I enjoy this film version the most for a couple of reasons. It is very faithful to Dickens, and even adds things entirely keeping with the situation, as Mrs. Dilber would say. There are things added to Scrooge's past, particularly a nasty little scene where it's shown how Scrooge and Marley take over their company. But mostly it is the performance of Alistair Sim that makes this film work. To start with, his personal appearance reminds me of sinister political reporter Robert Novak, who would scare anyone. Sim is also adept at handling some of the more vicious lines of dialogue that Dickens wrote, such as the passage that begins with, "Are there no prisons, are there no workhouses?" and ends, "If they would rather die, let them do it and decrease the surplus population."

But I never stop delighting in his transformation from covetous old sinner to giddy schoolboy on Christmas morning. In the George C. Scott television film, which is a handsome production and also very faithful to the source, I found Scott's transformation wanting, perhaps because it was more intellectual than emotional. Nothing can top Sim so ebullient that he has to stand on his head.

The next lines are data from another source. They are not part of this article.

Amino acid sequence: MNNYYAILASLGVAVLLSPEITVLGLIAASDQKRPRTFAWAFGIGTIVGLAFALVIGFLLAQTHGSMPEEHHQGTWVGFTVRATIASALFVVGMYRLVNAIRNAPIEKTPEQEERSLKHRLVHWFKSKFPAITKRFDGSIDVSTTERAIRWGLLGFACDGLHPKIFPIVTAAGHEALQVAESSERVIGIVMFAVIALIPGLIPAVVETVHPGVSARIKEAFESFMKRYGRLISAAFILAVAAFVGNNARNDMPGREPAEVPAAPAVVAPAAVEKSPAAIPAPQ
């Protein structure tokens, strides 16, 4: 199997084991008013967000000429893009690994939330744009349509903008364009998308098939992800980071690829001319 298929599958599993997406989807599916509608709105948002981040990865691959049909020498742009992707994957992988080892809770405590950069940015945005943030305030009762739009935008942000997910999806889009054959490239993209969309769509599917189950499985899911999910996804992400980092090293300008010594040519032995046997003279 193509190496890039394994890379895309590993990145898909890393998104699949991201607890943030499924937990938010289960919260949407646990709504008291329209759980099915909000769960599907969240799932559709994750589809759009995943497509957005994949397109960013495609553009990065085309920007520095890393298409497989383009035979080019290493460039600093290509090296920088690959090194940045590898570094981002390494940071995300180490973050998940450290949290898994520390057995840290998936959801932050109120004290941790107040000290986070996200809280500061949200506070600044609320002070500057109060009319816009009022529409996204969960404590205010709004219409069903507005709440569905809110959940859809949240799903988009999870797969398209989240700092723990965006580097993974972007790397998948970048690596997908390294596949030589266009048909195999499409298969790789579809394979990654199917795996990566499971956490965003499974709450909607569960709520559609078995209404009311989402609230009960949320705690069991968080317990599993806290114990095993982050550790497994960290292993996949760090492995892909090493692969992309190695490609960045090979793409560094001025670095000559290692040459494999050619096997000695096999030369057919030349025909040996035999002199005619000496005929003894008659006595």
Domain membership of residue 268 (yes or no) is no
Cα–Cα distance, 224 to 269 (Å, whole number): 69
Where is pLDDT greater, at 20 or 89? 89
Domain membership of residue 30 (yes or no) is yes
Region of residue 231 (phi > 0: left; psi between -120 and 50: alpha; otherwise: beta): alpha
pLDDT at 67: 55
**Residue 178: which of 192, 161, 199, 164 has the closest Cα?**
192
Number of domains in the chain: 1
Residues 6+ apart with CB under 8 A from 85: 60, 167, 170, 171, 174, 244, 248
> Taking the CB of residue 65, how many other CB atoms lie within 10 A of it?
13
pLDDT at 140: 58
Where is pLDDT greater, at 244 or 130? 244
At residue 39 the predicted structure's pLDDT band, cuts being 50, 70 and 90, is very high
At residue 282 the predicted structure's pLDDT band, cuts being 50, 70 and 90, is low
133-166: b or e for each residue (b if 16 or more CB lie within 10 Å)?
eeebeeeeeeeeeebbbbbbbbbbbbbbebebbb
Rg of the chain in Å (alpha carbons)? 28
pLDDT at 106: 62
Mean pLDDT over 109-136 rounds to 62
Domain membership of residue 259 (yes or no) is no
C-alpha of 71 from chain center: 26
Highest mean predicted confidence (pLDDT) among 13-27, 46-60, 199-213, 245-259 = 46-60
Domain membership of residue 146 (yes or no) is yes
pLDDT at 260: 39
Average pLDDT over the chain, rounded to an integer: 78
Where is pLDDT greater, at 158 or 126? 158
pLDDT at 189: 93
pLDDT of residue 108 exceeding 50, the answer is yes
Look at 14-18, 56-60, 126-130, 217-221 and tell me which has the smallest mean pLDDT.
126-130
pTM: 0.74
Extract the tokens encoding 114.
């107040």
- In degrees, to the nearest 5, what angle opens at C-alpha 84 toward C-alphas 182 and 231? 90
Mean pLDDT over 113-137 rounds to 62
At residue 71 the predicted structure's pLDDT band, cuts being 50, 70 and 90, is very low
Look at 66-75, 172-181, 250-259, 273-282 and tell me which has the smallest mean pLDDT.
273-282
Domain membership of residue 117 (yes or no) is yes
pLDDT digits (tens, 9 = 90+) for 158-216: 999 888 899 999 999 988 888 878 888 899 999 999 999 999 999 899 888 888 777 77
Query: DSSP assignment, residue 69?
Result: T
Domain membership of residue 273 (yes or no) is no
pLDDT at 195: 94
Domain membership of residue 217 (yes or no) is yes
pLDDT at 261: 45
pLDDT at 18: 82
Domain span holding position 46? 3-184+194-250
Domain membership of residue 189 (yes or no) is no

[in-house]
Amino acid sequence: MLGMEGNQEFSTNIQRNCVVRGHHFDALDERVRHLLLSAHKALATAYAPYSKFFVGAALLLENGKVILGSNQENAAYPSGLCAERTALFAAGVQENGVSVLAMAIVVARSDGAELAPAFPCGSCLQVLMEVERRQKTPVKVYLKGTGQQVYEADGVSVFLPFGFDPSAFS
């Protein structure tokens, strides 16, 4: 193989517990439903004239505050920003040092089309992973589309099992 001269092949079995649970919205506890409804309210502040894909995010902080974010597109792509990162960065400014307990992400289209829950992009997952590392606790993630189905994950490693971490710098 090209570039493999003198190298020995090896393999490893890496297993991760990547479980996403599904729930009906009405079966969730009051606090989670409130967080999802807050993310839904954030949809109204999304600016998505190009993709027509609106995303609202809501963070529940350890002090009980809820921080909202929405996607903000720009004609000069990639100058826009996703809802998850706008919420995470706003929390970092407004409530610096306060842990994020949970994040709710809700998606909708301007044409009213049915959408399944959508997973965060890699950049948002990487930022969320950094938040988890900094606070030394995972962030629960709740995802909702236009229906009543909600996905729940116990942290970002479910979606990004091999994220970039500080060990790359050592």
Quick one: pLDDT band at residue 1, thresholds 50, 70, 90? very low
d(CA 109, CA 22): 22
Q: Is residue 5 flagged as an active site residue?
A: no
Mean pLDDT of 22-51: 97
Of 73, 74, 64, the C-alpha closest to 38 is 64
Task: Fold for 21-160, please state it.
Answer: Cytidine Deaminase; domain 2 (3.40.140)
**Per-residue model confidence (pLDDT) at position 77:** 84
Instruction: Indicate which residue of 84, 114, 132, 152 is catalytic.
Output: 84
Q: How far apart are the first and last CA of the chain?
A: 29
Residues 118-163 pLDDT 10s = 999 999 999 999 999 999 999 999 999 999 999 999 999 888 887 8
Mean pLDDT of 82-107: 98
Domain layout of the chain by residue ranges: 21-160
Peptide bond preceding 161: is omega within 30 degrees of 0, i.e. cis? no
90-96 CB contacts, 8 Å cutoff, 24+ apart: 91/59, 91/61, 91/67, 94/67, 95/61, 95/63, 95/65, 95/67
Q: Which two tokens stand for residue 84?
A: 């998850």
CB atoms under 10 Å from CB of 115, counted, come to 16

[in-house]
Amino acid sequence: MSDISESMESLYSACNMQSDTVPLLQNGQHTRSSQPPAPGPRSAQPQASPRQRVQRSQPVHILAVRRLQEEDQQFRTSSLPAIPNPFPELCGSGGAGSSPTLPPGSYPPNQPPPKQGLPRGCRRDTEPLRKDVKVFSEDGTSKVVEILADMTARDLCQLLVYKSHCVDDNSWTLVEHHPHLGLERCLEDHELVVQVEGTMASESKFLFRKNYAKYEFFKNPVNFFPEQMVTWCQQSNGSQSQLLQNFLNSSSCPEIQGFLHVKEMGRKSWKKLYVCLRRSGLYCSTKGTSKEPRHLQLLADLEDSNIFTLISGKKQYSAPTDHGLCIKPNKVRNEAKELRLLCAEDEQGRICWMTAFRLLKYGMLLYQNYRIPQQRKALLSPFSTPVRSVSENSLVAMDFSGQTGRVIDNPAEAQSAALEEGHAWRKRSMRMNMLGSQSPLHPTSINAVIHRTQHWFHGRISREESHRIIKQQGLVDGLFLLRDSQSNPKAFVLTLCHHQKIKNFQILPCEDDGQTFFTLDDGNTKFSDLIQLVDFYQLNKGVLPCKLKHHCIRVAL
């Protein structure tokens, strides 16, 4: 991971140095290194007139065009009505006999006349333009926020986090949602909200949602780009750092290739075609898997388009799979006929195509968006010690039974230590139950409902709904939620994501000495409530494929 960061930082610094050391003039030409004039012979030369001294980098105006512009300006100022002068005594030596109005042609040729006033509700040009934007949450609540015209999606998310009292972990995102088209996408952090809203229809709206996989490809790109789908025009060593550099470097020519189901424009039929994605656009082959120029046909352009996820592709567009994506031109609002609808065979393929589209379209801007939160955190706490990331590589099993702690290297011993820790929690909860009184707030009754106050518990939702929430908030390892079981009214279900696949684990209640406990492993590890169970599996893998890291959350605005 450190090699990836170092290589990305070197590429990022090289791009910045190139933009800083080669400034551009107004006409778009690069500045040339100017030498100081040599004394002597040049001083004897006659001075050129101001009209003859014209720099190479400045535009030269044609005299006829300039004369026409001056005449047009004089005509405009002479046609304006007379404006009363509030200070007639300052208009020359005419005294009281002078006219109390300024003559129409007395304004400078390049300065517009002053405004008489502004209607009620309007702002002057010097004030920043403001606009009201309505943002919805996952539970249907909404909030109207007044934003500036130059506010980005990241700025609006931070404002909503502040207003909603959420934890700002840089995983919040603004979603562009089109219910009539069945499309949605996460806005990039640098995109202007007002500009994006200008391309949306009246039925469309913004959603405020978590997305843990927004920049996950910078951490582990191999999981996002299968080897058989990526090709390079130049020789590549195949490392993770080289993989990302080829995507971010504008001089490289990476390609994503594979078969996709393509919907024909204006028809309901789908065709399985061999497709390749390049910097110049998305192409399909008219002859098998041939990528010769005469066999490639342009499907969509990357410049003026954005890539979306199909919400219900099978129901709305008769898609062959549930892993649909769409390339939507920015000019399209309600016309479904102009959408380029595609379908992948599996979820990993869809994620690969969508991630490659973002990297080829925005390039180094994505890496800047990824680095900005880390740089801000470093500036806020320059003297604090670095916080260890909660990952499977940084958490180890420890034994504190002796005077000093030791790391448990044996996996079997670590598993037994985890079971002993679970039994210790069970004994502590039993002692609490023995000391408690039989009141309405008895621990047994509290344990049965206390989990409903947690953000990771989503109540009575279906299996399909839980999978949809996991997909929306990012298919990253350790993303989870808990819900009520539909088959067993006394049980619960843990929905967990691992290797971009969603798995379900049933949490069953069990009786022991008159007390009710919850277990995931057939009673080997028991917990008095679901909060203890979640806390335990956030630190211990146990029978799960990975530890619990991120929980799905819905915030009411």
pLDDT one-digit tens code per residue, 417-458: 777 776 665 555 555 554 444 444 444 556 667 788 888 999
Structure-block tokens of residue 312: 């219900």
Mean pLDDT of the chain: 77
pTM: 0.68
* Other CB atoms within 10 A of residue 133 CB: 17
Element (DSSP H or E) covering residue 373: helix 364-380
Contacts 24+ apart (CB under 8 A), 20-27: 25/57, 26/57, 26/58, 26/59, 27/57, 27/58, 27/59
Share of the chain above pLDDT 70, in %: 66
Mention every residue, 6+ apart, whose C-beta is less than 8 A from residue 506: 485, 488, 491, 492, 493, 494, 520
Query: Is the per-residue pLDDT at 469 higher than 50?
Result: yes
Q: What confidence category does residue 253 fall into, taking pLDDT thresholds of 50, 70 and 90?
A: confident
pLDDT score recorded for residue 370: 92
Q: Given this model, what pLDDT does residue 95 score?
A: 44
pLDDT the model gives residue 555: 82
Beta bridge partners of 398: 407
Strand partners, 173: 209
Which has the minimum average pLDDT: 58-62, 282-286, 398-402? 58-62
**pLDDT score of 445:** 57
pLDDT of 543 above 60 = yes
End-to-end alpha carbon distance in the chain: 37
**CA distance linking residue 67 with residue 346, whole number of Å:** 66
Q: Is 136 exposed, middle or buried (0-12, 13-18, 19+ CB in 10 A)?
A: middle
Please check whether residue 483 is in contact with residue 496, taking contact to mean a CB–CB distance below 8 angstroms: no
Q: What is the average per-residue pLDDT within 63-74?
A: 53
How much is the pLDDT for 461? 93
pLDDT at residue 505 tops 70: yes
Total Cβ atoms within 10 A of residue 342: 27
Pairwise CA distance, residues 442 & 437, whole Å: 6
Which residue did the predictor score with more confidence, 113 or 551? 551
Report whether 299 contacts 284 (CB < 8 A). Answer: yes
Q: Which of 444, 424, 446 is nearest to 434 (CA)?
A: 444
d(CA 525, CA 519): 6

And emotional this film is. I have watched it every year for quite a while now, and there have been moments in my life when I have been particularly vulnerable and wept openly while viewing it. There are some moments that always get me, even though they are highly melodramatic, such as Scrooge revisiting the deathbed of his sister and calling after, "Forgive me, Fan!" or at the very end, when Scrooge calls on his nephew's home as the guests are singing "Barbara Allen." The director, Brian Desmond Hurst, adds a nice touch as Scrooge is about to go into the parlor but hesitates, but the maid urges him to go ahead. And then, who wouldn't be moved when Scrooge apologizes to his niece: "Can you forgive a pig-headed old fool who has no eyes to see or ears to hear with?" Then comes the scene in which Scrooge teases Bob Cratchit a bit before succumbing to his own joy and announcing that he now wishes to help him raise his family The look on the actor Mervyn Johns' face is priceless.